Ned Kelly’s Boyhood Home Revisited by AusHeritage’s David Huxtable

Article by David Huxtable, Director LookEar

At the small town of Beveridge, some 40km north of Melbourne, lies the boyhood home of Australia’s most famous outlaw, Edward ‘Ned’ Kelly.

Kelly House Derelict – March 2020. Source: LookEar

It is a simple timber house that was built in stages spanning about 40 years, commencing around 1859 by Ned’s father, John ‘Red’ Kelly. The Kelly family lived there for about five years before moving to Avenel when Ned was 10. They ran a small dairy farm, with fruit trees and a vegetable garden to supplement their kitchen. The next owners, the Stewarts, extended the house between the 1880s and the early 20th century.

Since then, the house fell into disrepair and remained derelict for many years, almost to the point of collapse. The house is listed on the Victorian Heritage Register for its archaeological, architectural and historical significance, and through the efforts of a multi-disciplinary team managed by Heritage Victoria and funded by the Living Heritage Grants Program, the property has now been rehabilitated and conserved as an important site linked to the Ned Kelly story – as well as a rare surviving example of colonial bush carpentry.

Kelly House Conserved May 2022. Source: LookEar

The project team consisted of Context conservation architects, GBLA landscape designers, Crackajack Carpenters and LookEar heritage interpretation design. The building works required stabilising and re-cladding sections of the house, redirecting surface water away from the house, landscaping the property surrounds and establishing a range of interpretive elements that describe the house’s history and significance.

Kelly House Interpretation. Source: LookEar

Of particular note is the integration of the heritage interpretation into all other design aspects of the project, rather than being brought in at the end of the project as an afterthought and retrofit.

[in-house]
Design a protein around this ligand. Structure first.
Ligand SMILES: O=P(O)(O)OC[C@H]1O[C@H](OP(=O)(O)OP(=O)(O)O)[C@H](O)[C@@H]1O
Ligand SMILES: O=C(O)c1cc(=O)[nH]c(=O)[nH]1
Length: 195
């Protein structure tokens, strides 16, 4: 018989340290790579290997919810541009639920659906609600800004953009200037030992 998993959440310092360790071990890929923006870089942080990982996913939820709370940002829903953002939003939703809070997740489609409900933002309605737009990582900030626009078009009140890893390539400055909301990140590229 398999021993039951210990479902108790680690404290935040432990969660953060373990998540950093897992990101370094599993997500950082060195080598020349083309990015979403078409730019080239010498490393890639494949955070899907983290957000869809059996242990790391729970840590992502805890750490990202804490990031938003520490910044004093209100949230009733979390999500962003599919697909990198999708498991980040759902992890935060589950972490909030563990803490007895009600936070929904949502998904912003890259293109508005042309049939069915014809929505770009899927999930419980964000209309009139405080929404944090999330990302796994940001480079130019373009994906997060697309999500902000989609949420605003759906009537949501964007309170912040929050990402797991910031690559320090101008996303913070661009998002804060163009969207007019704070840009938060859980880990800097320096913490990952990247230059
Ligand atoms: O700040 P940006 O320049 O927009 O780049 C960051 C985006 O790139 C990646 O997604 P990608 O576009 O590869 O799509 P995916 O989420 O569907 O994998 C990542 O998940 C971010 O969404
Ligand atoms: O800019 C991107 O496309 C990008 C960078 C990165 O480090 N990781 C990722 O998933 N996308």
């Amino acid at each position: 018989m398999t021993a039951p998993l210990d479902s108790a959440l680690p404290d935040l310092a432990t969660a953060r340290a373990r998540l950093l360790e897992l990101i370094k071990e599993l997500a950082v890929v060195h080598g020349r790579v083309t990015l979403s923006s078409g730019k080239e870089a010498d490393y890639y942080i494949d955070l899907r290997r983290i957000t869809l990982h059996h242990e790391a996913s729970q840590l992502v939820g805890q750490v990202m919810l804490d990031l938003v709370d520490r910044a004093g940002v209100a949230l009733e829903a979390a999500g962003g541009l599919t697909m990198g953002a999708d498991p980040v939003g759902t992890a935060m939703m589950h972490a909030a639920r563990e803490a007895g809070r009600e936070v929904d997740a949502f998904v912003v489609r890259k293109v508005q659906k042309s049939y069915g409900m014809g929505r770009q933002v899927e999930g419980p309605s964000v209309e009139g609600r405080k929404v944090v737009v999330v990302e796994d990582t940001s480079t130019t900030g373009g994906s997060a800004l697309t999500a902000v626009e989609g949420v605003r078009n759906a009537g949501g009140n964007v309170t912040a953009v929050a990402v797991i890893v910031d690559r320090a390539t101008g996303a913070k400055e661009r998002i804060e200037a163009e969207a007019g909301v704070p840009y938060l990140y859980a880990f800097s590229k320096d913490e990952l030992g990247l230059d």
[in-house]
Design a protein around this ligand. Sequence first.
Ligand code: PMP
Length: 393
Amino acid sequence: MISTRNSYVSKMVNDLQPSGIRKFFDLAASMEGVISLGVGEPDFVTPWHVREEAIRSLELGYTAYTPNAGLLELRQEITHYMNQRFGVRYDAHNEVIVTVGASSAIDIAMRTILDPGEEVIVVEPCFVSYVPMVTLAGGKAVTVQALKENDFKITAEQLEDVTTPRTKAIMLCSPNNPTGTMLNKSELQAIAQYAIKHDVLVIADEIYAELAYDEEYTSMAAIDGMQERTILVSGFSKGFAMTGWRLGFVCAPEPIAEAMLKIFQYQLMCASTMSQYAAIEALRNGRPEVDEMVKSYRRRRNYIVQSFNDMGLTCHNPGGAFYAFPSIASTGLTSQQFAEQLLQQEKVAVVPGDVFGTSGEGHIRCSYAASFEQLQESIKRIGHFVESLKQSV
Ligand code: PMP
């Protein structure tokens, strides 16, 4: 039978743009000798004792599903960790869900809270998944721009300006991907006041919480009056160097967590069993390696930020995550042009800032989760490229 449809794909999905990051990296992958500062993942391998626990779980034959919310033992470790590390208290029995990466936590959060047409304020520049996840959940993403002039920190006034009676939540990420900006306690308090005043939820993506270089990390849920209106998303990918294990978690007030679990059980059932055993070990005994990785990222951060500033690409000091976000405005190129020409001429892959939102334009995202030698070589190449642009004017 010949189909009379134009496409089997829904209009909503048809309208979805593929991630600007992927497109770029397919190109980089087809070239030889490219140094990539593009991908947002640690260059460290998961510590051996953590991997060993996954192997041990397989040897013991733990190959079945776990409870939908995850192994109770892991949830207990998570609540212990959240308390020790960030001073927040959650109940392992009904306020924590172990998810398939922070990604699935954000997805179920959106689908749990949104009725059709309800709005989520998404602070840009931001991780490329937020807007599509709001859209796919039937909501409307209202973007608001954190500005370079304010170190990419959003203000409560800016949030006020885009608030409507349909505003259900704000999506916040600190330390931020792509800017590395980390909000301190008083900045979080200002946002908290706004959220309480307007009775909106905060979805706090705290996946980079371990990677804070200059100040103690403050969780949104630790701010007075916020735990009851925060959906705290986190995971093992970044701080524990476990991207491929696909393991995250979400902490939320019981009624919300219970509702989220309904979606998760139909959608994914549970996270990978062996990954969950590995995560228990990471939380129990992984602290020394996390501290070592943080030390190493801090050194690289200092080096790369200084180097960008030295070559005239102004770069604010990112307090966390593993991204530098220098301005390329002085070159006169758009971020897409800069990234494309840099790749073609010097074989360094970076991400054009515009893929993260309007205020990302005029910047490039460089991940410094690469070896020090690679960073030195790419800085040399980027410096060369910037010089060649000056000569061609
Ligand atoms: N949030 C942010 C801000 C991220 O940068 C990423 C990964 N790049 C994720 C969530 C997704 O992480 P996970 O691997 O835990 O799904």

Source: LookEar

For example, the perimeter security fence was used as a platform in which the features of the house and the lives of the Kelly family could be interpreted to casual visitors who are unable to access the property within the required booking system. Viewpoints were created at strategic locations within the fence to focus on some of the house’s important features, with associated interpretive content.

Also, inlaid pavement signage was used to highlight the simple, and at times quirky, bush carpentry and associated skills. Bold floor-to-ceiling glass blades with colourful graphics and simple text complimented and contrasted with the exposed lath and plaster walls within the Stewart section of the house. These were used to present some of the significant stories about the Kelly family, the society and environment in which they lived, and the impacts of the early colonial expansion on the Wurundjeri people. Simple free-standing text panels were used to describe the bush carpentry features of the house, whilst ensuring that the interpretation did not have any impact on the house. And a kitchen-garden was developed to feature and interpret fruit and vegetable varieties that were commonly grown and eaten in the era.

Source: LookEar

The interpretation uses a range of integrated techniques that avoids any impact on the heritage values of the building, whilst addressing the interests and experiences of a variety of target audiences. Further, the interpretation relied on extensive content research, consultation with conservation architects and carpenters, and the active engagement of the Wurundjeri community in the development of text and graphics.

This project is an example of heritage interpretation not being restricted to a simple and standard last minute after-thought. Instead, this project employs the principle that effective interpretation is an art – a product of careful consideration, imagination and multi-disciplinary design.